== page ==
(17) William Inge, 'Catholicism and the Future' [Review of Maude Petre, Modernism], Times Literary Supplement (2nd January, 1919), 1.
(18) See TLS (15th July, 1926), 483.
(19) T. S. Eliot, 'An Emotional Unity: The Letters of Friedrich von Hugel', Dial, 84.2 (February 1928), 109-112.
(20) E. J. Dillon, 'Alfred Loisy and the Death of Modernism', in The Contemporary Review, 140 (July 1931), 304.
(21) Frank Kermode, 'Modernisms', in Continuities (London, 1968), p. 27.
(22) See Notes and Queries, 29 August 1874, p. 174; and 4 November 1882, 371.
(23) Bull, 'Who was the first', 22.
(24) John Ruskin, Lectures on Architecture and Painting, delivered at Edinburgh in November, 1853 (London, 1854), pp. 202-4.
(25) See Peter Hinchliff, Benjamin Jowett and the Christian Religion (Oxford, 2000), p. 90ff, and Ieuan Ellis, Seven Against Christ (Leiden, 1980), p. 122ff.
(26) See Abraham Kuyper, Calvinism: Six Stone Lectures (Amsterdam, 1899) and James McGoldrick, God's Renaissance Man: the Life and Work of Abraham Kuyper (Darlington, 2000), p. 53-6.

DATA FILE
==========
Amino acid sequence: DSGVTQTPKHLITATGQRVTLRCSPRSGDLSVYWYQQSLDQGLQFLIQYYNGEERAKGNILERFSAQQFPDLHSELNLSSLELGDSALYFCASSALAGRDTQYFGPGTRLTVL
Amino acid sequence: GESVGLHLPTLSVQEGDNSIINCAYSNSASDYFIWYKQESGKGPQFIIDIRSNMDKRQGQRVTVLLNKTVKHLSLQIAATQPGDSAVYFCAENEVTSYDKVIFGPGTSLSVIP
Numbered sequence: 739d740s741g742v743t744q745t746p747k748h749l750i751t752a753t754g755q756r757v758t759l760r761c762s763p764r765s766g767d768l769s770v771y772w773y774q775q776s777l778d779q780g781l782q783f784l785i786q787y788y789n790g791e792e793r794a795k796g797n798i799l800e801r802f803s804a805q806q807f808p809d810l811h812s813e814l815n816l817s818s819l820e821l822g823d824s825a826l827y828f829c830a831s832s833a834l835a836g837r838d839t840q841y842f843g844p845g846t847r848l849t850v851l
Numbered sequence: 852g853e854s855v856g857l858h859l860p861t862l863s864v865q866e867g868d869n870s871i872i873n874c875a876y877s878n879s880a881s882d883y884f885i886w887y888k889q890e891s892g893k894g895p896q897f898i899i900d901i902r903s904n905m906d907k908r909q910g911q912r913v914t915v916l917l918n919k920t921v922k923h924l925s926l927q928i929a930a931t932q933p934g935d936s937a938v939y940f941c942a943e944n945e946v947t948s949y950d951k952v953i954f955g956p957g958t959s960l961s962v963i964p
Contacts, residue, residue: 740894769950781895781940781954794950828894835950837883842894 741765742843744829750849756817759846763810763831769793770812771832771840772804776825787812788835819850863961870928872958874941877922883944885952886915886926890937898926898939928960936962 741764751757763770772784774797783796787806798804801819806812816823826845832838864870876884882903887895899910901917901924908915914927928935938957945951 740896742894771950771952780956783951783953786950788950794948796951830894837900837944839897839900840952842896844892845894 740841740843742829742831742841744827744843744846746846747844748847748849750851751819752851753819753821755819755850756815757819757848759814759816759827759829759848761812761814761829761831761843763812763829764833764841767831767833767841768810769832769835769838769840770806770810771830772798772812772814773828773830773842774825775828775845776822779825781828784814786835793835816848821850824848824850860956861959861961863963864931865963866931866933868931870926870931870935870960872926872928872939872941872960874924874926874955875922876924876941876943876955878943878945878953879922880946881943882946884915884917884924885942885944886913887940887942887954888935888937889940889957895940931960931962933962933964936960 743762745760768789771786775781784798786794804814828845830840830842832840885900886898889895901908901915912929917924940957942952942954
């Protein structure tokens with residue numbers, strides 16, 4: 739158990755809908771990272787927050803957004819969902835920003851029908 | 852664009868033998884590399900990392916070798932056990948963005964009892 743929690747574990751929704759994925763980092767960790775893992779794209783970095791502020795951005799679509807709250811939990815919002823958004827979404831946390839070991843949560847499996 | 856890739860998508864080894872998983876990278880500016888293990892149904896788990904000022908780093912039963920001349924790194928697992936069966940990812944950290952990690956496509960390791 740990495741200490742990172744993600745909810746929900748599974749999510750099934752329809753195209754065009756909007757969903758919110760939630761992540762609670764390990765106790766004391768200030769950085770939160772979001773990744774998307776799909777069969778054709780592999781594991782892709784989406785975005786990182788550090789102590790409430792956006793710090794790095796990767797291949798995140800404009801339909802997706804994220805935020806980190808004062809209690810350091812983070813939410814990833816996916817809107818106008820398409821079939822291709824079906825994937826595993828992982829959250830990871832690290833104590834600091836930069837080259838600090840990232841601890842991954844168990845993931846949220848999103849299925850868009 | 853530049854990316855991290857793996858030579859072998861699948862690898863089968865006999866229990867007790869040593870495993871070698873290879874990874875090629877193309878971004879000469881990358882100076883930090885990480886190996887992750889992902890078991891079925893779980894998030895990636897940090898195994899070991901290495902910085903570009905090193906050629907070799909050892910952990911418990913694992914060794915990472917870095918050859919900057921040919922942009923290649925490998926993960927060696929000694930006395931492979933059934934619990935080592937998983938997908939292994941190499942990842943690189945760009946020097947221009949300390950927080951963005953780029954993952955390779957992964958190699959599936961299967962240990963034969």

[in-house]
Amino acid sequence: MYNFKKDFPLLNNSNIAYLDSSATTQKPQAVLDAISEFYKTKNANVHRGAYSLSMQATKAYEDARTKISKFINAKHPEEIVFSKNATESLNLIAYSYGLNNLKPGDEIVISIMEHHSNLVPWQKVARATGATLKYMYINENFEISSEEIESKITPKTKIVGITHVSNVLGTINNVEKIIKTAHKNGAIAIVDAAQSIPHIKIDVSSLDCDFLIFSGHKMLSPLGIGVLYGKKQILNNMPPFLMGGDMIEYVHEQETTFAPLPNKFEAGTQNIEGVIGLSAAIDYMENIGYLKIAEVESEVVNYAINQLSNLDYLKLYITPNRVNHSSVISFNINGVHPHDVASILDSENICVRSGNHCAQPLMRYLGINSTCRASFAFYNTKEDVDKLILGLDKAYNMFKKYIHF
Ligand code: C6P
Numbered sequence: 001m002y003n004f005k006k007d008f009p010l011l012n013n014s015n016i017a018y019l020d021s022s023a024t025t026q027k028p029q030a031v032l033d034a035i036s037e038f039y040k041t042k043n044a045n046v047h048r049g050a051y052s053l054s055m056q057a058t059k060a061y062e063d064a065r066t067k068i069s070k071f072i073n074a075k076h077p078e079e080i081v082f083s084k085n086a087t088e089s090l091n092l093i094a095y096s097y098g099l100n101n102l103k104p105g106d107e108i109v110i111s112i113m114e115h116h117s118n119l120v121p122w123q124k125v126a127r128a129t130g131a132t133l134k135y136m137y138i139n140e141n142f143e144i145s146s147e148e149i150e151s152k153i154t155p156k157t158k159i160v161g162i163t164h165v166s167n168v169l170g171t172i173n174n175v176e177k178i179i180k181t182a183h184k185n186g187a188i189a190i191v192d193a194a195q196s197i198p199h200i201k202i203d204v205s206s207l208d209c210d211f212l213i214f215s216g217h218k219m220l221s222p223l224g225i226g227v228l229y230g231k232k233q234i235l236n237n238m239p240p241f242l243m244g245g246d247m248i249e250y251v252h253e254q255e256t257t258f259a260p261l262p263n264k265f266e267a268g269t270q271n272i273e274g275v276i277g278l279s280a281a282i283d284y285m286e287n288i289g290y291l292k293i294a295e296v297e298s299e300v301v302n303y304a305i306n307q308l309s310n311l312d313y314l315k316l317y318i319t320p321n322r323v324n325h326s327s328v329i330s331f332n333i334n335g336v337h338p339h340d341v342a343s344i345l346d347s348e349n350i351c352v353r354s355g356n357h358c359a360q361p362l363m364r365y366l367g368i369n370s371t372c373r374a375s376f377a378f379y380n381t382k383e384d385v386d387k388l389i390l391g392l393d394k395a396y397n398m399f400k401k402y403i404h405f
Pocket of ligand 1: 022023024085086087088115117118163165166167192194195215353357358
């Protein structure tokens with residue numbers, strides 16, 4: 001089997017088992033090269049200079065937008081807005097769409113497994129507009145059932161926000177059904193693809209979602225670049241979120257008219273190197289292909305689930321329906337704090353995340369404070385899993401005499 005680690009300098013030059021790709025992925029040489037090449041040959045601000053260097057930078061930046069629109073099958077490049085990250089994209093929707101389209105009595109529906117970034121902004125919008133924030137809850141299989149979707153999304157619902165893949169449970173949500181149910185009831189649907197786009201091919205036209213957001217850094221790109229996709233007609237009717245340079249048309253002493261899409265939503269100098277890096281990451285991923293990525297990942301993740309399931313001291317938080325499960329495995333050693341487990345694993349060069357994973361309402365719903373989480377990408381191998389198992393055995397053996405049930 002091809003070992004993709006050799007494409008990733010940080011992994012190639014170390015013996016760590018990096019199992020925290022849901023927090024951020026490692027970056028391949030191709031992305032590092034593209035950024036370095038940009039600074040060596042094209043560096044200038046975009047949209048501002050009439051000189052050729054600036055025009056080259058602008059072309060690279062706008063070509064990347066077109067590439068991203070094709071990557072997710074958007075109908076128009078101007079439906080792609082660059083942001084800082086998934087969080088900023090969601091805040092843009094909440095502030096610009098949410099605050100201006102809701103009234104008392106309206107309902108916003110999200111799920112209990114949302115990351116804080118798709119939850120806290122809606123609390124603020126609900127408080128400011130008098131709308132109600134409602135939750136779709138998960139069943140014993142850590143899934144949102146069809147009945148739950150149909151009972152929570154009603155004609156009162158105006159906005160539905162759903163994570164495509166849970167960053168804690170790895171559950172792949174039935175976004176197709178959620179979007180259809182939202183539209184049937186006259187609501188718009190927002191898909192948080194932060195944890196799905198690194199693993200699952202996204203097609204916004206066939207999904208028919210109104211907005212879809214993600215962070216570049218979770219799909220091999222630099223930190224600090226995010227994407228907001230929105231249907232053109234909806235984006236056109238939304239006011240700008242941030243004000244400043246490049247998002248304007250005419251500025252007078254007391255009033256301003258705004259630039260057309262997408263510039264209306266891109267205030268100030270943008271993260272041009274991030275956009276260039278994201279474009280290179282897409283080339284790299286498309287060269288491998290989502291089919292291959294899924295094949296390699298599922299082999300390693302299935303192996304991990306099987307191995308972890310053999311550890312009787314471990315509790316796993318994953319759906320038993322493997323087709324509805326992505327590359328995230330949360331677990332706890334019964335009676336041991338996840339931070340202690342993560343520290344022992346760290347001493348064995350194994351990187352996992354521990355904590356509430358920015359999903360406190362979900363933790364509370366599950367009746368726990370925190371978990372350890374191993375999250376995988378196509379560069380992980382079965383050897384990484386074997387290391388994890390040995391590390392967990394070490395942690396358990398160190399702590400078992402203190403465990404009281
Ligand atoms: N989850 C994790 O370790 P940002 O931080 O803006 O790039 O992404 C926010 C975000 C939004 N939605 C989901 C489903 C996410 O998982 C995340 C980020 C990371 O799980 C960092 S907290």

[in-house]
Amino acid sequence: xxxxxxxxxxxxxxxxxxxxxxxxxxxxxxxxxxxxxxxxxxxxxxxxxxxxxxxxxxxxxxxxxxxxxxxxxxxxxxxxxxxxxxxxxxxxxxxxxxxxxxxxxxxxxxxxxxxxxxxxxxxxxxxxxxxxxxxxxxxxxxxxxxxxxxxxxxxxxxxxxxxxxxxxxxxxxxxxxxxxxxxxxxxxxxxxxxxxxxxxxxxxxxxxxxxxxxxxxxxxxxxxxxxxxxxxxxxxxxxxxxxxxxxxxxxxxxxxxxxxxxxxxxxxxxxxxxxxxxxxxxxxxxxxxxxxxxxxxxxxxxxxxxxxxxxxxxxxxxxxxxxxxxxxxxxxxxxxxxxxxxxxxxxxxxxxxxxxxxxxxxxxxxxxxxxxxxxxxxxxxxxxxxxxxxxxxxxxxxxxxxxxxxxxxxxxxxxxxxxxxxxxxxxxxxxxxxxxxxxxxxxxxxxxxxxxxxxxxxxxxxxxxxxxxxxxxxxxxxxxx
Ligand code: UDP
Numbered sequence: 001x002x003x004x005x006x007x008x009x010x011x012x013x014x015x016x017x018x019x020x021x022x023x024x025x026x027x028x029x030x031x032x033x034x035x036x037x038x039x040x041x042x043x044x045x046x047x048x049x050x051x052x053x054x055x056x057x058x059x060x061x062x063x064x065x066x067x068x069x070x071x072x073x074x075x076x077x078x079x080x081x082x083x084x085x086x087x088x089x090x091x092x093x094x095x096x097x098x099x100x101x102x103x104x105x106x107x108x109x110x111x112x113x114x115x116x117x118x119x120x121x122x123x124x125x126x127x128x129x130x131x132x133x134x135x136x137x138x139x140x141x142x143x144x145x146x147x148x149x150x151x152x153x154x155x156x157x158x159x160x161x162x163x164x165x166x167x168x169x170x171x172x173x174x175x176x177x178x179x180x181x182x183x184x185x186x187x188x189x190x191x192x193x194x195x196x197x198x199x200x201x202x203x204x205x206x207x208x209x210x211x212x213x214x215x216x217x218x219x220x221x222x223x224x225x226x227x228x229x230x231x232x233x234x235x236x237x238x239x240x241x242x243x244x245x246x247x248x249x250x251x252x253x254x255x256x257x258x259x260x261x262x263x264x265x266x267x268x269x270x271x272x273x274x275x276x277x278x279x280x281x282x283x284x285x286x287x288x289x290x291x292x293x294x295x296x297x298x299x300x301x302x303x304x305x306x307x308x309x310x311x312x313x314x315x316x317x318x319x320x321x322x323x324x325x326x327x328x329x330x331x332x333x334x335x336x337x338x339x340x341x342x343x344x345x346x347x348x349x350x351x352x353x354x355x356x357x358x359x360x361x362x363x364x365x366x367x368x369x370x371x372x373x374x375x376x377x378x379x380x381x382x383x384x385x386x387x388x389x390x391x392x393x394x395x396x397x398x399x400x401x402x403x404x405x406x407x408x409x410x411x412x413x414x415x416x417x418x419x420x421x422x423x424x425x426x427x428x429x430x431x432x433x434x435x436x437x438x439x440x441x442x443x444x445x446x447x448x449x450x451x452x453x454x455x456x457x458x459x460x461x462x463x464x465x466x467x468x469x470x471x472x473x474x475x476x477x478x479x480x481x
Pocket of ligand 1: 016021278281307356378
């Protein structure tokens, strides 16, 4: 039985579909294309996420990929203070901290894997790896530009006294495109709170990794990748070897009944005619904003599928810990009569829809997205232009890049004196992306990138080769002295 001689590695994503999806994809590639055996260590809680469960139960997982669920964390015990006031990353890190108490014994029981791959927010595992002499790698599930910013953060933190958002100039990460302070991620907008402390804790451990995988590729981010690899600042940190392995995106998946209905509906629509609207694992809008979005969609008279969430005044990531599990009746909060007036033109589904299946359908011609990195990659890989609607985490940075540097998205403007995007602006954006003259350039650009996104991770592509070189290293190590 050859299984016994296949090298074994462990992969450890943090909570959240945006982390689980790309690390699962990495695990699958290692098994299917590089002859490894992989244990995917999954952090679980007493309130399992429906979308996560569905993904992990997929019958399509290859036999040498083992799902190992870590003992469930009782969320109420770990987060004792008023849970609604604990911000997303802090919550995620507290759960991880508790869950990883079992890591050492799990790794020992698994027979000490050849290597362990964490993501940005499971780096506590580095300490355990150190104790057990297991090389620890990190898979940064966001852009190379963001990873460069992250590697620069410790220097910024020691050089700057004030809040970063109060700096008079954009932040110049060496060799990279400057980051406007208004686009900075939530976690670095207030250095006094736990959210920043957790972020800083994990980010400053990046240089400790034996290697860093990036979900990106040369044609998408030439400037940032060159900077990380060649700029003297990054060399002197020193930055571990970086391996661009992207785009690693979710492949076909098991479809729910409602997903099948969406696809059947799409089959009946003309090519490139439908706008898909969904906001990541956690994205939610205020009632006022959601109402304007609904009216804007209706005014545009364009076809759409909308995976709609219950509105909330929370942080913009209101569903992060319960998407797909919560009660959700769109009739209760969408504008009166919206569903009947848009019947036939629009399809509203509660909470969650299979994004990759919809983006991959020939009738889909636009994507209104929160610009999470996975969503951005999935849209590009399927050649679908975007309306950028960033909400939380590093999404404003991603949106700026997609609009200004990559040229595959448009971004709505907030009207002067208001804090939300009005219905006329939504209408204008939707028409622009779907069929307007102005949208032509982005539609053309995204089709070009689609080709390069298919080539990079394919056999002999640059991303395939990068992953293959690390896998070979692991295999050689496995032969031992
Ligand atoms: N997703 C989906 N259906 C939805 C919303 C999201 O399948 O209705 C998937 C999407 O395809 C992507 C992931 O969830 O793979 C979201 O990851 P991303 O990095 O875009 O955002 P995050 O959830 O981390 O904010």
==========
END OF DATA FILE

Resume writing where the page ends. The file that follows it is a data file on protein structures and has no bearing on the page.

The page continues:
(27) Charles Perin, Le Modernisme dans l'eglise d'apres des lettres inedites de Lamennais (Paris, 1881), p. 5.
(28) Bruno Migliorini, Storia della Lingua Italiana, 3rd edn (Florence, 1961). Vol. 2, p. 641n.
(29) Thomas Hardy, Tess of the D'Urbervilles (1891), ed. Tim Dolin (Harmondsworth, 2007), p. 124.
(30) George Northcroft, 'The Ache of Modernism', Wesleyan-Methodist Magazine 120 (September 1897), 671-3.
(31) For Astradur Eysteinsson, Scott-James 'prefigures a good deal of critical response to modernism as a historical and cultural force': The Concept of Modernism (Ithaca, 1990), p. 18. Randall Stevenson describes Scott-James's use of the term as 'surprisingly early': See Modernist Fiction: an Introduction (Kentucky, 1992), pp. 1-2. But, as this article shows, the term is far from 'early' in 1908.